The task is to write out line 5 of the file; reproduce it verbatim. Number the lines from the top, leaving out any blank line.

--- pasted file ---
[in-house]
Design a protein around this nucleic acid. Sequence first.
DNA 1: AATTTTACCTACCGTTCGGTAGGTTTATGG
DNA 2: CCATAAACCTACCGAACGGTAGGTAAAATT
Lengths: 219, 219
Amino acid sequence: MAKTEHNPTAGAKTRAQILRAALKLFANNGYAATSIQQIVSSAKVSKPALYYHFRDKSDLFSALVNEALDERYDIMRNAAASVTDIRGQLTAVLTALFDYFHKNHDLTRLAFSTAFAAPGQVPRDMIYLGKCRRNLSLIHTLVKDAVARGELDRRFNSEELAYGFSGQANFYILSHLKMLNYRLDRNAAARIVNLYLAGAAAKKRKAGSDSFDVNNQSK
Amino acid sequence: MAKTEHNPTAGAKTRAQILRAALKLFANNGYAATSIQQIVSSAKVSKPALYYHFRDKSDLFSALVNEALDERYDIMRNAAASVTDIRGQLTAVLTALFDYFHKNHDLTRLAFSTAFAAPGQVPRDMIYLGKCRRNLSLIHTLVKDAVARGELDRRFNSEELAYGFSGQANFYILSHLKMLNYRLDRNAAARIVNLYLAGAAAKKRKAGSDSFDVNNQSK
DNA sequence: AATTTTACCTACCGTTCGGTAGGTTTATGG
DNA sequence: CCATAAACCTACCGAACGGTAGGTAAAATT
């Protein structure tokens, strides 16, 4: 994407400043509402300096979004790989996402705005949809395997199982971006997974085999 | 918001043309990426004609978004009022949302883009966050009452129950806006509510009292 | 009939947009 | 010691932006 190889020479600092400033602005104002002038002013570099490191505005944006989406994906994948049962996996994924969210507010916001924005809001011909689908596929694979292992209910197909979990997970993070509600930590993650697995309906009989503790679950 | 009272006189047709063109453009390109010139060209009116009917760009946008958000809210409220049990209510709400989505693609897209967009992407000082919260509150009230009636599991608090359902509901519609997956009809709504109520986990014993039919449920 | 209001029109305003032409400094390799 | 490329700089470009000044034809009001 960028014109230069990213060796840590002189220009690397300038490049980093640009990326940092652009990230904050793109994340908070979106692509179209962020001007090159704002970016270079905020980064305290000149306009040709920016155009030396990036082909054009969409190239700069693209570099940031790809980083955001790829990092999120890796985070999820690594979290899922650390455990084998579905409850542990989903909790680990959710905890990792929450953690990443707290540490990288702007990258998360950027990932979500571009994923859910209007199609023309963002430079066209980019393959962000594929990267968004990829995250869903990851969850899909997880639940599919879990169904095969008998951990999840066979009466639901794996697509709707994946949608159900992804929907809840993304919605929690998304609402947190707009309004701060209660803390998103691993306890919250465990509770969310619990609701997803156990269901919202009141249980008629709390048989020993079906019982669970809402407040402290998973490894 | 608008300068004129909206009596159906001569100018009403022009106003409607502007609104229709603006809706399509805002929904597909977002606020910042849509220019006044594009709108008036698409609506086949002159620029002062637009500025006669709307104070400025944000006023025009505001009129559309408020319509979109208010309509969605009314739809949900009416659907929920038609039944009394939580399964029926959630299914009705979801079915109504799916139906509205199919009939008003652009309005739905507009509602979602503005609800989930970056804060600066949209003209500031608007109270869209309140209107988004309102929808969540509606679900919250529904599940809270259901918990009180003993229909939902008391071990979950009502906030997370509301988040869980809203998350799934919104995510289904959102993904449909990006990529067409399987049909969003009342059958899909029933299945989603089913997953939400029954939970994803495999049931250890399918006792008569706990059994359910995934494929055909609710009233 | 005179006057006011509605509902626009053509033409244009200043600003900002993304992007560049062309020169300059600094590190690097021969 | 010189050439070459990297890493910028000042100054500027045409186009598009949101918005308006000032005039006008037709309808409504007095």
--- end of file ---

Lengths: 219, 219